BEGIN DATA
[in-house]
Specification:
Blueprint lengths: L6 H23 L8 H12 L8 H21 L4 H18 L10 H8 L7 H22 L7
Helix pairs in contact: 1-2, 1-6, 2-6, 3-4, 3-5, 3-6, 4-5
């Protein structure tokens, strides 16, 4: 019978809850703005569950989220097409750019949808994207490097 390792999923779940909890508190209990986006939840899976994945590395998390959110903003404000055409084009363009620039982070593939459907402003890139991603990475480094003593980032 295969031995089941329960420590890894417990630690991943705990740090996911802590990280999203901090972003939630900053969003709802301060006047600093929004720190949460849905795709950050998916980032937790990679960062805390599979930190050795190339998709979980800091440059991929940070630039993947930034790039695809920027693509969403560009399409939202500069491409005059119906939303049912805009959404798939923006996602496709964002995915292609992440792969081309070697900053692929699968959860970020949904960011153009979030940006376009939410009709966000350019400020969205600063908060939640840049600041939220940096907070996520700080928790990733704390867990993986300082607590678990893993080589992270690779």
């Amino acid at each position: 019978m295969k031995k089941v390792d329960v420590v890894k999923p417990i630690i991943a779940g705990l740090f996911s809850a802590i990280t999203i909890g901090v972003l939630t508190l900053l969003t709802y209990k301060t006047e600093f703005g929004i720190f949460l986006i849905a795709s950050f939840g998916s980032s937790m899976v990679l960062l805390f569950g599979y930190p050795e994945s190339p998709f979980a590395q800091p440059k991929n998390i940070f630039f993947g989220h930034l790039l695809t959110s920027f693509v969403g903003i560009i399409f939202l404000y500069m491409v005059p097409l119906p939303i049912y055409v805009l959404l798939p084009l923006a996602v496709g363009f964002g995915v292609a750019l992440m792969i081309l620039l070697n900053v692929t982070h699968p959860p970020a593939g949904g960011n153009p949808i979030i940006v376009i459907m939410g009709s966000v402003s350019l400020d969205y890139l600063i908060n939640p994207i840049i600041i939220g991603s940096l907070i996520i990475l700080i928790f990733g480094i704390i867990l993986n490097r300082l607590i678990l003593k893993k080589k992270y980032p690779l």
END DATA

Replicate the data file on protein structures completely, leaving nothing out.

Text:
[in-house]
Specification:
Blueprint lengths: L6 H23 L8 H12 L8 H21 L4 H18 L10 H8 L7 H22 L7
Helix pairs in contact: 1-2, 1-6, 2-6, 3-4, 3-5, 3-6, 4-5
């Protein structure tokens, strides 16, 4: 019978809850703005569950989220097409750019949808994207490097 390792999923779940909890508190209990986006939840899976994945590395998390959110903003404000055409084009363009620039982070593939459907402003890139991603990475480094003593980032 295969031995089941329960420590890894417990630690991943705990740090996911802590990280999203901090972003939630900053969003709802301060006047600093929004720190949460849905795709950050998916980032937790990679960062805390599979930190050795190339998709979980800091440059991929940070630039993947930034790039695809920027693509969403560009399409939202500069491409005059119906939303049912805009959404798939923006996602496709964002995915292609992440792969081309070697900053692929699968959860970020949904960011153009979030940006376009939410009709966000350019400020969205600063908060939640840049600041939220940096907070996520700080928790990733704390867990993986300082607590678990893993080589992270690779």
């Amino acid at each position: 019978m295969k031995k089941v390792d329960v420590v890894k999923p417990i630690i991943a779940g705990l740090f996911s809850a802590i990280t999203i909890g901090v972003l939630t508190l900053l969003t709802y209990k301060t006047e600093f703005g929004i720190f949460l986006i849905a795709s950050f939840g998916s980032s937790m899976v990679l960062l805390f569950g599979y930190p050795e994945s190339p998709f979980a590395q800091p440059k991929n998390i940070f630039f993947g989220h930034l790039l695809t959110s920027f693509v969403g903003i560009i399409f939202l404000y500069m491409v005059p097409l119906p939303i049912y055409v805009l959404l798939p084009l923006a996602v496709g363009f964002g995915v292609a750019l992440m792969i081309l620039l070697n900053v692929t982070h699968p959860p970020a593939g949904g960011n153009p949808i979030i940006v376009i459907m939410g009709s966000v402003s350019l400020d969205y890139l600063i908060n939640p994207i840049i600041i939220g991603s940096l907070i996520i990475l700080i928790f990733g480094i704390i867990l993986n490097r300082l607590i678990l003593k893993k080589k992270y980032p690779l």